Winner Ihde : Wittgenstein points to a vast multiplicity of cultural practices that comprise our common world. It makes sense to ask, for example, how the adoption of digital computers might alter the way people think of their own faculties and activities. If Wittgenstein is correct, we would expect that changes of this kind would appear, sooner or later, in the language people use to talk about themselves. But in voiced word music and logic are incarnate. And this diversity is not something fixed, given once for all; but new types of language, new language-games, as we may say, come into existence, and others become obsolete and get forgotten.
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An intention is embedded in a setting, in human customs and institutions. If the technique of the game of chess did not exist, I could not intend to play a game of chess. We used Wittgensteinian terms such as games and form of life, but we also introduced new terms such as innate technique and transcendental technology and performance to reflect on how technologies are more than artefacts or functions.
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As technologies are used, as we perform with technologies, as we learn skills and technique in the process of using technologies, technologies are shaped and made possible by larger grammars, by a form of life, and are in turn also constitutive of this transcendental conditions and transcendental whole, understood as process and performance. This means that technology, as tool and technique, is always more than a mere instrument.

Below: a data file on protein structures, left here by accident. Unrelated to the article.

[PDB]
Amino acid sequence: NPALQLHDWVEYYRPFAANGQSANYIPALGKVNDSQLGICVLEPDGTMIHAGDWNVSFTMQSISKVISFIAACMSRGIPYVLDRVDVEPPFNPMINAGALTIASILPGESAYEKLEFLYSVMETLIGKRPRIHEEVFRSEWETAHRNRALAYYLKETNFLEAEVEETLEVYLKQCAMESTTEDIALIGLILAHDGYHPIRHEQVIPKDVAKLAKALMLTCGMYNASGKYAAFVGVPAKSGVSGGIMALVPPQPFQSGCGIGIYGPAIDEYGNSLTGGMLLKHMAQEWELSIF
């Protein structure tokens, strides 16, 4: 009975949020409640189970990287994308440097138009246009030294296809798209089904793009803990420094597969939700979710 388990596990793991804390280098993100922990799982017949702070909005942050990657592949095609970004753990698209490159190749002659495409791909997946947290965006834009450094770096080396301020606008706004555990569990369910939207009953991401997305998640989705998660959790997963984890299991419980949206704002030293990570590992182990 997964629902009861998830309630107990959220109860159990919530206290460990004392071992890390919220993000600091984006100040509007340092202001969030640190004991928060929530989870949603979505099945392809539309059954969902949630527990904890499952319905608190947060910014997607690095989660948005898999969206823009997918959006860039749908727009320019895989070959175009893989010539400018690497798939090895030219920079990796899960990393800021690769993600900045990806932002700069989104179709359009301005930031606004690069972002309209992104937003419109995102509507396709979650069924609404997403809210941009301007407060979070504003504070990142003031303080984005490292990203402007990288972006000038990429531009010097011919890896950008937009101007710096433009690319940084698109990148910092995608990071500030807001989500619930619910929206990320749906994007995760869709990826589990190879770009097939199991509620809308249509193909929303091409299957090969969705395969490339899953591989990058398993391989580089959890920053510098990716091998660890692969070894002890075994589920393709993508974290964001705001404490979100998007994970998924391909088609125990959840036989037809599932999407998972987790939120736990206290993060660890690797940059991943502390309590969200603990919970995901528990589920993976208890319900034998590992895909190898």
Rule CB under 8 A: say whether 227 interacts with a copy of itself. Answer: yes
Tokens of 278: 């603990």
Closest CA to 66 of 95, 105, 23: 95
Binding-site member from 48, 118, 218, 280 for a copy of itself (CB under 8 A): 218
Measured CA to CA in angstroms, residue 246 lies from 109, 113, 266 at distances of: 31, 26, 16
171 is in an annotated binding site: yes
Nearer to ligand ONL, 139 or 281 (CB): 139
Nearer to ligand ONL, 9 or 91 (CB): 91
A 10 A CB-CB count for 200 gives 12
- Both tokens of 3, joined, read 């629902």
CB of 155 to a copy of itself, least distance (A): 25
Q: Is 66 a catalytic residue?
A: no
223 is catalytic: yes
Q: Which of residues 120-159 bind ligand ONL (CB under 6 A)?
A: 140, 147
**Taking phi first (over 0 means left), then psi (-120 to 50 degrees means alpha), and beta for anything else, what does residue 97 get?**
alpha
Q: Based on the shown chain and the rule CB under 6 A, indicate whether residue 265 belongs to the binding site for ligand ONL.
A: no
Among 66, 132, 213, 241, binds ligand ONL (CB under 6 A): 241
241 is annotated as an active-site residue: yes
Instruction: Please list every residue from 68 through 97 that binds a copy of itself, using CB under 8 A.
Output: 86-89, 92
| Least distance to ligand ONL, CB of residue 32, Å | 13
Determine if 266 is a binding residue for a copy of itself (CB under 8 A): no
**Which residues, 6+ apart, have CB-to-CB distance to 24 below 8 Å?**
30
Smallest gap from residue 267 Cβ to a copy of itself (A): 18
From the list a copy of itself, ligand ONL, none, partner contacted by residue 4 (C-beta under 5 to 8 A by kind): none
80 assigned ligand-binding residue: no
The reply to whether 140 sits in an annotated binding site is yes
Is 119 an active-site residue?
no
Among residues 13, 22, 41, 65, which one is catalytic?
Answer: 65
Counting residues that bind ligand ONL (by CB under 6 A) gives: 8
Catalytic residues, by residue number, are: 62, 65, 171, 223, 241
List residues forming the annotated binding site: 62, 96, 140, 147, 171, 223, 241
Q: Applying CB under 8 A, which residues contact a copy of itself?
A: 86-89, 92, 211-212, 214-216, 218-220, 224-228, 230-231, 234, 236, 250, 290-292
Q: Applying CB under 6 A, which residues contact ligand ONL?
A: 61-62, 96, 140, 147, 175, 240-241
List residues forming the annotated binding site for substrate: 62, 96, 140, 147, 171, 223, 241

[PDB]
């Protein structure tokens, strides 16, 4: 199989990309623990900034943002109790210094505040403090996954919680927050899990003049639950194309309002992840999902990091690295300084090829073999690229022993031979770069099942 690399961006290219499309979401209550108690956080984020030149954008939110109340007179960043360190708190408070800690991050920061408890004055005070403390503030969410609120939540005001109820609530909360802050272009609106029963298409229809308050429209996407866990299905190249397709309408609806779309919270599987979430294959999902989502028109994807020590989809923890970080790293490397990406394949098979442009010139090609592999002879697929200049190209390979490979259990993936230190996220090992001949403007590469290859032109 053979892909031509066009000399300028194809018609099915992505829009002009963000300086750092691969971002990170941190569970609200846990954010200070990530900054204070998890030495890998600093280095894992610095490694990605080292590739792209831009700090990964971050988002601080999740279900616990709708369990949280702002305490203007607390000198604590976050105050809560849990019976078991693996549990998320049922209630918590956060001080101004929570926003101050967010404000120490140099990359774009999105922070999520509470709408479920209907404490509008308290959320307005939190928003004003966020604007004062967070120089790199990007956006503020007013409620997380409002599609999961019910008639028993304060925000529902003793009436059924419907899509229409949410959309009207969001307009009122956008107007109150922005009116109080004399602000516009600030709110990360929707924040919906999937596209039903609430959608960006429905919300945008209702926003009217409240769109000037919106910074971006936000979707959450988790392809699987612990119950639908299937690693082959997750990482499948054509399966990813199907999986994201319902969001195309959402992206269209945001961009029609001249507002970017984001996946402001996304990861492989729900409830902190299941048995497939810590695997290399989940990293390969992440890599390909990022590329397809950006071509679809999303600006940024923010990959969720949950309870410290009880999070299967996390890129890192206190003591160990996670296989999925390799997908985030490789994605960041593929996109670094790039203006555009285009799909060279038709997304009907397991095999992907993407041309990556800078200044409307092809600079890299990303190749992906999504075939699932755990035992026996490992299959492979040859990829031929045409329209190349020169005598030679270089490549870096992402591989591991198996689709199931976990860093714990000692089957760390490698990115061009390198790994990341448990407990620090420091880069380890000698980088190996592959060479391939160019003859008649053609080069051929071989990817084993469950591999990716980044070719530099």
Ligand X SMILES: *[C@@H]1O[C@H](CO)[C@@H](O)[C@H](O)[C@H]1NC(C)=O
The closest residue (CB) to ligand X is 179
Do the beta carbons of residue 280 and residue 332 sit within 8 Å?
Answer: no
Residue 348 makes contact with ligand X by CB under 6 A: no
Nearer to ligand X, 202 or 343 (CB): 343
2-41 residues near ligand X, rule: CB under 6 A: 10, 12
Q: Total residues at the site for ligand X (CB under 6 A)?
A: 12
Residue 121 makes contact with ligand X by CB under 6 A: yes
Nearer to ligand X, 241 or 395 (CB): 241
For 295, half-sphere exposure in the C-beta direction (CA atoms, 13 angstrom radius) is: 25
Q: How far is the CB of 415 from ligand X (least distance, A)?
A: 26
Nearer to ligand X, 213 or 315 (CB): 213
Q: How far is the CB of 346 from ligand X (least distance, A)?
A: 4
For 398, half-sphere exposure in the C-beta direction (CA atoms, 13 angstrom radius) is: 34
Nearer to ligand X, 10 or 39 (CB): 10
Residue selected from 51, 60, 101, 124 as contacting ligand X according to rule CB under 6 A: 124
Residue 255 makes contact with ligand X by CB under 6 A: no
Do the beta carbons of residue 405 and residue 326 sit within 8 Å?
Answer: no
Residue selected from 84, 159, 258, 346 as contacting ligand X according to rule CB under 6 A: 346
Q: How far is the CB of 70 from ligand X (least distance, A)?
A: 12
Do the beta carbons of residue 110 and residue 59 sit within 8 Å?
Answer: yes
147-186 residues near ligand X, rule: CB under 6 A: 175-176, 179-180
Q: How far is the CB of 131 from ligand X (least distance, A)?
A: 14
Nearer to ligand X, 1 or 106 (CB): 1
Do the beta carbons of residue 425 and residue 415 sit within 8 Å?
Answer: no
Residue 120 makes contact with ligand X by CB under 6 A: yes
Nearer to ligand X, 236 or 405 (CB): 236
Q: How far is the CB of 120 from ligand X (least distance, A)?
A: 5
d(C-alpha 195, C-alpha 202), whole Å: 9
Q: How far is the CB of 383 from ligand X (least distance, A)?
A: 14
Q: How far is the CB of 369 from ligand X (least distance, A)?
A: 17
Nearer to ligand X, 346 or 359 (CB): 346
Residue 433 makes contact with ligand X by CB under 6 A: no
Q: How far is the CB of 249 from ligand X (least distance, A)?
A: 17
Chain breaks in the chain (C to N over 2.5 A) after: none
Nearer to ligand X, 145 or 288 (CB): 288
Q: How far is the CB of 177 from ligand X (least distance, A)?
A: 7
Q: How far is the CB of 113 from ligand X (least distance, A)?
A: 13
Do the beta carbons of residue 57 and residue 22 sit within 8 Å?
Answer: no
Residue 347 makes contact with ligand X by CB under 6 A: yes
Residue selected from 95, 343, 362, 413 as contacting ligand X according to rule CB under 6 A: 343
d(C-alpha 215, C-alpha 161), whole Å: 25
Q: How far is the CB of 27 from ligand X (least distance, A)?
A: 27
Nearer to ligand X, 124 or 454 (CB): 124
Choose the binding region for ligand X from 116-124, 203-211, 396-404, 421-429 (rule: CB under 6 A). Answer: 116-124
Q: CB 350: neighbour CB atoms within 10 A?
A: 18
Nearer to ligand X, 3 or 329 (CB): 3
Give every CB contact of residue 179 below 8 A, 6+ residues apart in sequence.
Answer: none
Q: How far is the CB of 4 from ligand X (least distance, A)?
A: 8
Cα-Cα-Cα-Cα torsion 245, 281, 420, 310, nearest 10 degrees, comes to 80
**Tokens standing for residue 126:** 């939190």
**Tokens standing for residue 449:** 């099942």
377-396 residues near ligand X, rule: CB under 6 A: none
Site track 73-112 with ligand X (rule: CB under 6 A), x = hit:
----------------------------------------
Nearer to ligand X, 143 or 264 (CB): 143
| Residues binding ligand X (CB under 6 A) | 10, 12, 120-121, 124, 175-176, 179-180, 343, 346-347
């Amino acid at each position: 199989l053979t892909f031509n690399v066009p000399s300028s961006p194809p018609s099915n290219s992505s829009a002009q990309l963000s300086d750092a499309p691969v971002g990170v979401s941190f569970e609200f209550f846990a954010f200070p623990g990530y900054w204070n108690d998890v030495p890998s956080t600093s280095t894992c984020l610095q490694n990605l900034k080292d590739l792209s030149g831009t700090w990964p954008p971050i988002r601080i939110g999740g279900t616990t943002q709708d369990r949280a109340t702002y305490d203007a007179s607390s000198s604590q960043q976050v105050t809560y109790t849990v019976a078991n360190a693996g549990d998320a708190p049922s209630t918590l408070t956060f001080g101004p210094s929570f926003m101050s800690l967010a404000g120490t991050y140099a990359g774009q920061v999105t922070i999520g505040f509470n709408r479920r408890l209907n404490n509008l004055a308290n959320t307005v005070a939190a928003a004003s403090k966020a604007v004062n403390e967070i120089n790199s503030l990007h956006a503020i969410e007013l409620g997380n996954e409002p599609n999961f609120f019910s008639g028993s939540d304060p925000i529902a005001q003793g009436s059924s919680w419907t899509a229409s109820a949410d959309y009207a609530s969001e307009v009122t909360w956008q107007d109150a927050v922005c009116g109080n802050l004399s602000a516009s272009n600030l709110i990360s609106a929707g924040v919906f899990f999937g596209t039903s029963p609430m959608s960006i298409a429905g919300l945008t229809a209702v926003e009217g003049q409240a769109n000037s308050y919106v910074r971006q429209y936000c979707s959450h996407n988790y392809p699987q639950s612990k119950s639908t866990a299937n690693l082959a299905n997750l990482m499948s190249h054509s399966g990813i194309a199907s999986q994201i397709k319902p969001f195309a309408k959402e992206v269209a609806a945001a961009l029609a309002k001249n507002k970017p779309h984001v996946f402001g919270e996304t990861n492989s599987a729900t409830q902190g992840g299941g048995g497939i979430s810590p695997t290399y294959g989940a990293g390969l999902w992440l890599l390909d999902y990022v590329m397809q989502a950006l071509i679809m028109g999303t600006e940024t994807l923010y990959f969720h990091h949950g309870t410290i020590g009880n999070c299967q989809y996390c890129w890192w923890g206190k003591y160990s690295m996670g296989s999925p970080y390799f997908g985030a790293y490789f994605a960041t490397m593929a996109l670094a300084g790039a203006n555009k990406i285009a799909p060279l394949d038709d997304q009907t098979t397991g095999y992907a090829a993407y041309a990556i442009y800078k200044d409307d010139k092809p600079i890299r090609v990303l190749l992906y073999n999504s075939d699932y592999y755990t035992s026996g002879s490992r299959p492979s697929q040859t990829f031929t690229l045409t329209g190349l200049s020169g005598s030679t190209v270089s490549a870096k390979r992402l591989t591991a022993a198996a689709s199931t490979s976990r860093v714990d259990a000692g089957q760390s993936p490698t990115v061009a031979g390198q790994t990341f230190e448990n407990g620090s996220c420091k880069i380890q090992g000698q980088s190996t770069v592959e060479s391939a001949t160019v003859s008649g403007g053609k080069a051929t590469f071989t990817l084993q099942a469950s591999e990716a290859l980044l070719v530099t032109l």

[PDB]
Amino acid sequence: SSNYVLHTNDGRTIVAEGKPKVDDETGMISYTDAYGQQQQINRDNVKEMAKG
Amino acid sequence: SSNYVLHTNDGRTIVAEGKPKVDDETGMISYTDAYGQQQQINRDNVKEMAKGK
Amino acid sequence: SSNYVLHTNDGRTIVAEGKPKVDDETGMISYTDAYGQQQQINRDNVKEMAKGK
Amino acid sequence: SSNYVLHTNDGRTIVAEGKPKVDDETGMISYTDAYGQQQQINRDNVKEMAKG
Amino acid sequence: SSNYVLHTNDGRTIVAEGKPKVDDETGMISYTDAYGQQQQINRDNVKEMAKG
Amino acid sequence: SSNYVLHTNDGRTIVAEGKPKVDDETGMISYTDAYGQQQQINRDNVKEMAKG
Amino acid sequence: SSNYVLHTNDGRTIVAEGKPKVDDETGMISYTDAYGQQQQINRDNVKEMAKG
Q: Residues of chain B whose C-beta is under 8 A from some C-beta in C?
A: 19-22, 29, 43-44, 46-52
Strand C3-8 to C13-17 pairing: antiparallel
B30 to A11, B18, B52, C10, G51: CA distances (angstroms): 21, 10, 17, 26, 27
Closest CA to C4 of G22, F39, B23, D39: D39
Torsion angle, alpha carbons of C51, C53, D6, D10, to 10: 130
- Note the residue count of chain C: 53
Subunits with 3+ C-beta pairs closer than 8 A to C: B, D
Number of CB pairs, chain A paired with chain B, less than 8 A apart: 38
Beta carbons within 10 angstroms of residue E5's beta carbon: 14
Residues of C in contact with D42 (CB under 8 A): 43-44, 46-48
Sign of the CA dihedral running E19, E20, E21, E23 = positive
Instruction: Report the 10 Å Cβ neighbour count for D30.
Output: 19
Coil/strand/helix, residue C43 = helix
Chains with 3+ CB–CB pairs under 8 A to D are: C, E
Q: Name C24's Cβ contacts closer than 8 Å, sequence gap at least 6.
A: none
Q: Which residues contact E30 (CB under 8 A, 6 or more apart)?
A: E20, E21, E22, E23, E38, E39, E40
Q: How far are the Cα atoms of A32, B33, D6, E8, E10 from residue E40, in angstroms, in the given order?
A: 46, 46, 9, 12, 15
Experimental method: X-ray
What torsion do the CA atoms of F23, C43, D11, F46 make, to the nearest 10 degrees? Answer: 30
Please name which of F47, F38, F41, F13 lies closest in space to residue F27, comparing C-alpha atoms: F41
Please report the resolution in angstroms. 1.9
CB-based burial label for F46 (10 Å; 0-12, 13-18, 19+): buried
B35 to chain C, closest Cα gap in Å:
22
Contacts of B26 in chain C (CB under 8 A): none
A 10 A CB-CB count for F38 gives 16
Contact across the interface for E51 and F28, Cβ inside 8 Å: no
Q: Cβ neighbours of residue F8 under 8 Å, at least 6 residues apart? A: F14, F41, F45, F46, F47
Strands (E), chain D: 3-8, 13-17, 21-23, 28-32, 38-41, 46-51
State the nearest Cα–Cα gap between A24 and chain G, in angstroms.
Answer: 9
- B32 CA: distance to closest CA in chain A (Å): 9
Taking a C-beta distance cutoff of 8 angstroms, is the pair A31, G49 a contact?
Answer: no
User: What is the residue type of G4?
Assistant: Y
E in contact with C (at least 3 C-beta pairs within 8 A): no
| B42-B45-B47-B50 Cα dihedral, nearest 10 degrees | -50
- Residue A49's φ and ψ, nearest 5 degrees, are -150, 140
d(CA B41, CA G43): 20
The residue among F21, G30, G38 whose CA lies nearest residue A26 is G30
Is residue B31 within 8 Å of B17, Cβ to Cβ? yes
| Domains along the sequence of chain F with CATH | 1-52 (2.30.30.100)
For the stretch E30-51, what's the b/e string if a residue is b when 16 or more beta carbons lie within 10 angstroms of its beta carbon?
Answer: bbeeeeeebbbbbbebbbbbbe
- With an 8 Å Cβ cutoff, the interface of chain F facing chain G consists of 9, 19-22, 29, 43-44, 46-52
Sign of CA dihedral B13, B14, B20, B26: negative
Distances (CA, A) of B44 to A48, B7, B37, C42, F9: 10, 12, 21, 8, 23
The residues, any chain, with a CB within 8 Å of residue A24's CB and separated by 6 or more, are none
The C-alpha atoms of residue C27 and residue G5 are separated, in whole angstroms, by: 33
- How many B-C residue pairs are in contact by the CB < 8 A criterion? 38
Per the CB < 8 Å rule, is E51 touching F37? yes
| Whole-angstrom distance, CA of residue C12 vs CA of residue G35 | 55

Deeply linked to our shared meanings and shared performances, it shapes our activities, our thinking, and our existence, and cannot be isolated from our form of life. Neither can we isolate it from use of language and from logic—if a distinction is meaningful at all. Language and technology are strongly entangled: in use and technique, and in their role as transcendental conditions.
With our example of talking robots, we have also suggested that this approach can inform an ethics and politics of technology, but more research is needed to develop this point. Further work is also needed to elaborate a Wittgensteinian epistemology of technology. Research that further develops and applies the interpretations and arguments in this essay may include topics such as time, finitude and technology, technology and games, technology skills and implicit knowledge, technology and language, artistic performance, epistemology of music, ethics of technologies, relations between ethical, philosophical and technological grammar, relations between Wittgenstein and other philosophers Heidegger, Husserl, Merleau-Ponty, Plessner, etc.
We can try to understand our modern form of life and we can study the link between a specific technology-in-use and larger technological-cultural wholes. As these examples suggest, our interpretations and arguments are not only relevant to philosophy of technology; the topic of Wittgenstein and technology deserves wider attention in the philosophical community. In the course of our paper, we have engaged with Wittgenstein and with important epistemological questions concerning knowledge and doubt, and we have highlighted how Wittgenstein and our interpretations of Wittgenstein stand in the philosophical tradition.